Hagerty Reshuffles Film, Entertainment Commission

NASHVILLE, Tenn. – Tennessee Gov. Bill Haslam and Economic and Community Development Commissioner Bill Hagerty announced key appointments today to the Tennessee Film Entertainment and Music Commission (TFEMC).
Bob Raines, who was most recently serving as interim executive director, is now the executive director. Music industry veteran Hank Adam Locklin will fill the newly created role of director of music and business development.

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Hank Williams Jr. ‘Out of Here’ After Flap Over Obama-Hitler Analogy

BRISTOL, Conn. (AP) — Are you ready for some football? Hank Williams Jr. isn’t anymore.
The country singer and ESPN each took credit for the decision Thursday morning to ax his classic intro to “Monday Night Football.”
The network had pulled the song from the game earlier this week after Williams made an analogy to Adolf Hitler while discussing President Barack Obama on Fox News on Monday morning.
“After reading hundreds of e-mails, I have made MY decision,” Williams said in a statement to The Associated Press. “By pulling my opening Oct 3rd, You (ESPN) stepped on the Toes of The First Amendment Freedom of Speech, so therefore Me, My Song, and All My Rowdy Friends are OUT OF HERE. It’s been a great run.”
But ESPN’s statement said: “We have decided to part ways with Hank Williams Jr. We appreciate his contributions over the past years. The success of Monday Night Football has always been about the games and that will continue.”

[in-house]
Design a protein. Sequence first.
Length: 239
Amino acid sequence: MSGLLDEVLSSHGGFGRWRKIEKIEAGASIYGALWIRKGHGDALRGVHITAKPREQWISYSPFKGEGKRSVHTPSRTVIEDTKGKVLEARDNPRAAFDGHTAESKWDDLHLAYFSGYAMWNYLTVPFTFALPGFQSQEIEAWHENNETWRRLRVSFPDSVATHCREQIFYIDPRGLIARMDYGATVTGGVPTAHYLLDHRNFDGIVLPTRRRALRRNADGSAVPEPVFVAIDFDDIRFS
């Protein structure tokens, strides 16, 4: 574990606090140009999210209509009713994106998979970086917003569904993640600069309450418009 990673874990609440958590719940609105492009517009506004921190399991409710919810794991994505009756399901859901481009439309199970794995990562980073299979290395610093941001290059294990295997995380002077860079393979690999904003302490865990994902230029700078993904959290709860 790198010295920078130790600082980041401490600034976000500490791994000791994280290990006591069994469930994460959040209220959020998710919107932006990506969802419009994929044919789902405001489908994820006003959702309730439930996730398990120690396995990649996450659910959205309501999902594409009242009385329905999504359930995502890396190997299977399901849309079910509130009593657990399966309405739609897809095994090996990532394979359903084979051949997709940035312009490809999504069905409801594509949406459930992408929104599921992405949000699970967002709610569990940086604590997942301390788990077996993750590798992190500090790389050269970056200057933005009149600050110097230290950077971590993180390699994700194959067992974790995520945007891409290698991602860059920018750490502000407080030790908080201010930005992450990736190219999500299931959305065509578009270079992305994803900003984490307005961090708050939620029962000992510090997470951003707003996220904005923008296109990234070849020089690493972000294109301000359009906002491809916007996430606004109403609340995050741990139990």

Spokesman Kirt Webster said Williams made the decision Wednesday night, while the network said it informed Williams of the move Thursday morning.

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Government Lobbying Government (and UT’s lobbyist in Washington)

The News Sentinel today carries a national story on state and local governments hiring lobbyists to work in Washington at a cost of $1.2 billion over the past decade – complete with a state-by-state chart on the spending.
A related story by Steve Ahillen provides more Tennessee-specific information, including a report on the University of Tennessee’s full-time lobbyist in Washingnton.
t has proved worthwhile to have someone (in Washington),” said Hank Dye, UT’s vice president for public and government relations. “If you don’t have somebody up there representing you, I think you’d be missing out.”
(UT) has a full-time Washington lobbyist on its staff, Kurt Schlieter, whose title is Associate Vice President and Director of Federal Relations. He has been on the job since 2003 after serving as legislative assistant and appropriations associate on the staff of then-Tennessee Congressman Zach Wamp. He makes $132,599.96 a year.
“There’s more lobbying done by the University of Tennessee than probably any other public institution in the state of Tennessee,” said U.S. Rep. John J. Duncan Jr., R-Tenn.
And, most, but not all, is done through Schlieter.

(Note: UT also has a lobbyist in Nashville, Anthony Haynes, who on occasion — as in combating the ‘guns on campus’ bill or dealing with budget issues — is assisted by Dye and others.)